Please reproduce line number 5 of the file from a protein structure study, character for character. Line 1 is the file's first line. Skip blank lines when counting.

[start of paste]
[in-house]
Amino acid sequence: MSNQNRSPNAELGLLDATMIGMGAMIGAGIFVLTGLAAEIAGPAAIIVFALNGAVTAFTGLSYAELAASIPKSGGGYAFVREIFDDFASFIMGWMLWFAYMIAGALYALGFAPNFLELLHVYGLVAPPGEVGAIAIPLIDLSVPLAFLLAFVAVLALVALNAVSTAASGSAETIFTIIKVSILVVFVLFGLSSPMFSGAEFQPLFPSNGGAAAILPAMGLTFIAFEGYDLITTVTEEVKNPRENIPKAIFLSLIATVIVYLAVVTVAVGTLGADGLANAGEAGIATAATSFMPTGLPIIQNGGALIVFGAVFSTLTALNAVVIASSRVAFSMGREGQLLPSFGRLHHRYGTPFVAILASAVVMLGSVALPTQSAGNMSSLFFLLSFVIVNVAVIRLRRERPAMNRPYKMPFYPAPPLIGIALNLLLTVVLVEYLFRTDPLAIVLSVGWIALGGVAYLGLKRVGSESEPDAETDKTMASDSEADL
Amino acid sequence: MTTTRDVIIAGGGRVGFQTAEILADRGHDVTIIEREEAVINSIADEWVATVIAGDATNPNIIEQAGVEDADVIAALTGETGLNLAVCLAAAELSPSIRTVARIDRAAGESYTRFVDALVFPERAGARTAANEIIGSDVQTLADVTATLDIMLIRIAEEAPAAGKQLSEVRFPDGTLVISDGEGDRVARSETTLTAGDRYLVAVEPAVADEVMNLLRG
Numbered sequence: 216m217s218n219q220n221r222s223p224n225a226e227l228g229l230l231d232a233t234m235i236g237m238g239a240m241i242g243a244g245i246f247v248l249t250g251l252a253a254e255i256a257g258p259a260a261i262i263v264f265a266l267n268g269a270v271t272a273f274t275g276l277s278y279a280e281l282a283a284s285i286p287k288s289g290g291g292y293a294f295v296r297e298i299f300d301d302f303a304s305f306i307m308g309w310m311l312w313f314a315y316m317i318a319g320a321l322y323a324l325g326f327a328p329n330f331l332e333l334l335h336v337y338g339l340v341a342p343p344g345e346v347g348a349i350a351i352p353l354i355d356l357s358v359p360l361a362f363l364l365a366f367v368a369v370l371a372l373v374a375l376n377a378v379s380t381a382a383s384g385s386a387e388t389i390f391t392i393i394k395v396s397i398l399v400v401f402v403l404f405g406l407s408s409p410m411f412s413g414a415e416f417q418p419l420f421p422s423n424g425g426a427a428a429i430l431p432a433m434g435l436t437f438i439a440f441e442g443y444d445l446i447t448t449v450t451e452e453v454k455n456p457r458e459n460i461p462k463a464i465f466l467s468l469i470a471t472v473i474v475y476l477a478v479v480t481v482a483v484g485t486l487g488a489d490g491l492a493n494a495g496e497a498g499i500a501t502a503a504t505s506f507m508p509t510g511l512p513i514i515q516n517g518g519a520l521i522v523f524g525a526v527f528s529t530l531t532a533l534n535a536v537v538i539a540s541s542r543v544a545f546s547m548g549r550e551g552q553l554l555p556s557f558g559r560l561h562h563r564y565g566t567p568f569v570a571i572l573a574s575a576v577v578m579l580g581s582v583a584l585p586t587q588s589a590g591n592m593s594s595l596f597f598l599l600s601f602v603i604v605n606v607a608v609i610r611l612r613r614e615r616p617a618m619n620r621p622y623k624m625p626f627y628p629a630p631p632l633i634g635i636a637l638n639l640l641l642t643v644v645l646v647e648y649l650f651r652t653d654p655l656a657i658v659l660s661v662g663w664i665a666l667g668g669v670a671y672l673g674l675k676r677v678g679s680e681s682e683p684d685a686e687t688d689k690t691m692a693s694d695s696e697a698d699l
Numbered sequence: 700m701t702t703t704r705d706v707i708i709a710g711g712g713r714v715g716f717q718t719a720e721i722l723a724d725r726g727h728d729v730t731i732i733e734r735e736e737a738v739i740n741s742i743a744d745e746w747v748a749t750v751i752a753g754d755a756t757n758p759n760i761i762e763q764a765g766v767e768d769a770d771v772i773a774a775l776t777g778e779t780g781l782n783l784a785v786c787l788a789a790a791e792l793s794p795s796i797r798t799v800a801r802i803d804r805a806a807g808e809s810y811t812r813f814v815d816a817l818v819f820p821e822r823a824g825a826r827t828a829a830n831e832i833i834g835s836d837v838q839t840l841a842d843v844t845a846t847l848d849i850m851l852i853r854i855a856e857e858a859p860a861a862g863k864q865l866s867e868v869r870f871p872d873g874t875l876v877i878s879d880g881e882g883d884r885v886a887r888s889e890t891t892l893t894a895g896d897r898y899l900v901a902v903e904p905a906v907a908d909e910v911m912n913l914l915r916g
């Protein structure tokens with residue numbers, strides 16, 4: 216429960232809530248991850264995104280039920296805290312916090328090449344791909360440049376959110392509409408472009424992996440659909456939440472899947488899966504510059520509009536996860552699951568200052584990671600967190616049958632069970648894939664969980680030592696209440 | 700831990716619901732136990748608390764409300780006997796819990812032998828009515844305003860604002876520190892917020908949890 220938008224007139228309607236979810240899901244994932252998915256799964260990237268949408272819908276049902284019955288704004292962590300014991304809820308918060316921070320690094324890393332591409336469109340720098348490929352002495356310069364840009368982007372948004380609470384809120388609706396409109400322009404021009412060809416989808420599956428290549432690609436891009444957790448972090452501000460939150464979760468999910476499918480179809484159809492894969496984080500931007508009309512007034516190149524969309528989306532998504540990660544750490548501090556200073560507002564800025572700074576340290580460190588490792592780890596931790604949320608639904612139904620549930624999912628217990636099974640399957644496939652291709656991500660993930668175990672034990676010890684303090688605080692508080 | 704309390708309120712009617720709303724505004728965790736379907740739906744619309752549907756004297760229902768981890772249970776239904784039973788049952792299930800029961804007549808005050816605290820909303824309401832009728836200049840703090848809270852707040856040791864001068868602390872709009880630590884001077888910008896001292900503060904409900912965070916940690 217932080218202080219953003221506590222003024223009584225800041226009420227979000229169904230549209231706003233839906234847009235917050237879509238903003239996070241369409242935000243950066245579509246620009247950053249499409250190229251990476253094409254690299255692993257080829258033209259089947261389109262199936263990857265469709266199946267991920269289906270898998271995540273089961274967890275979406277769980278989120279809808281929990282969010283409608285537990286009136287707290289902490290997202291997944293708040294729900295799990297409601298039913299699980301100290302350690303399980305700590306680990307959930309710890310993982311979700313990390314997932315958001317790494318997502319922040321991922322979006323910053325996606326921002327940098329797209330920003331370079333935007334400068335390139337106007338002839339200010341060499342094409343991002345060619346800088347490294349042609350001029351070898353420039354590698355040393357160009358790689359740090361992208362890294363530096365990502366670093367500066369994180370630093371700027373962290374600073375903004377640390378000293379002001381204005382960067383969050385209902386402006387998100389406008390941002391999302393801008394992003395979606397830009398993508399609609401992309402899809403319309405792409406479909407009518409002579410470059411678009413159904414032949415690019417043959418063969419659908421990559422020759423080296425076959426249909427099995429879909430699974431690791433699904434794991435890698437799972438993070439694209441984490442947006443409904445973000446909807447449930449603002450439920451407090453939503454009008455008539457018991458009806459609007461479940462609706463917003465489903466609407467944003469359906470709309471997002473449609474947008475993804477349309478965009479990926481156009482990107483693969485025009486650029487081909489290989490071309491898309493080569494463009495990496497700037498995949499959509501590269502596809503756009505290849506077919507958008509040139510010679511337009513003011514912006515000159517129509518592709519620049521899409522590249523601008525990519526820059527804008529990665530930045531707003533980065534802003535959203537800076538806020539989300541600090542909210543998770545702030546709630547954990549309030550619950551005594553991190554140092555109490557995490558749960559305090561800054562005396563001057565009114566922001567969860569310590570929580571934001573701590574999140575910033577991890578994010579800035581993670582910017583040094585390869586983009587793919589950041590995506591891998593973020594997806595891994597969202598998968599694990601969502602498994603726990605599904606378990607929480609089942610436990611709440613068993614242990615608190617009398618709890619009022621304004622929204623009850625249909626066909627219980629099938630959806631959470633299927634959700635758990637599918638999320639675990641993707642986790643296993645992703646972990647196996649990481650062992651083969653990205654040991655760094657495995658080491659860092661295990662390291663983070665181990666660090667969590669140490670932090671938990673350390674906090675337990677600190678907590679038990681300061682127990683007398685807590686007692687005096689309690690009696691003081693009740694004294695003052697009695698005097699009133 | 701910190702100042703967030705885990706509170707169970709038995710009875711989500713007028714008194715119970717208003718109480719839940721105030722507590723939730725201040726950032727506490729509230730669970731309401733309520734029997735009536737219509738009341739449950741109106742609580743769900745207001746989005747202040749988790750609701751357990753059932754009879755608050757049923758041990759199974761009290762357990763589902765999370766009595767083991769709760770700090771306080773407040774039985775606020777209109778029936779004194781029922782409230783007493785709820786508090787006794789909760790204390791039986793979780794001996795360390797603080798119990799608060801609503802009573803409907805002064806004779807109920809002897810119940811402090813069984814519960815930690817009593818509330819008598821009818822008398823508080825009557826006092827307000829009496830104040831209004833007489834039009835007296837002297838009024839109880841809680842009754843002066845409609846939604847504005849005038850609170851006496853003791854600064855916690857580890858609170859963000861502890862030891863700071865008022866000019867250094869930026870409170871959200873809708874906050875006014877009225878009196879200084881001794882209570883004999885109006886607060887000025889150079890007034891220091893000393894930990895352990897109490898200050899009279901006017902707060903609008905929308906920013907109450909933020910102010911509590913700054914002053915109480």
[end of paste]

Numbered sequence: 700m701t702t703t704r705d706v707i708i709a710g711g712g713r714v715g716f717q718t719a720e721i722l723a724d725r726g727h728d729v730t731i732i733e734r735e736e737a738v739i740n741s742i743a744d745e746w747v748a749t750v751i752a753g754d755a756t757n758p759n760i761i762e763q764a765g766v767e768d769a770d771v772i773a774a775l776t777g778e779t780g781l782n783l784a785v786c787l788a789a790a791e792l793s794p795s796i797r798t799v800a801r802i803d804r805a806a807g808e809s810y811t812r813f814v815d816a817l818v819f820p821e822r823a824g825a826r827t828a829a830n831e832i833i834g835s836d837v838q839t840l841a842d843v844t845a846t847l848d849i850m851l852i853r854i855a856e857e858a859p860a861a862g863k864q865l866s867e868v869r870f871p872d873g874t875l876v877i878s879d880g881e882g883d884r885v886a887r888s889e890t891t892l893t894a895g896d897r898y899l900v901a902v903e904p905a906v907a908d909e910v911m912n913l914l915r916g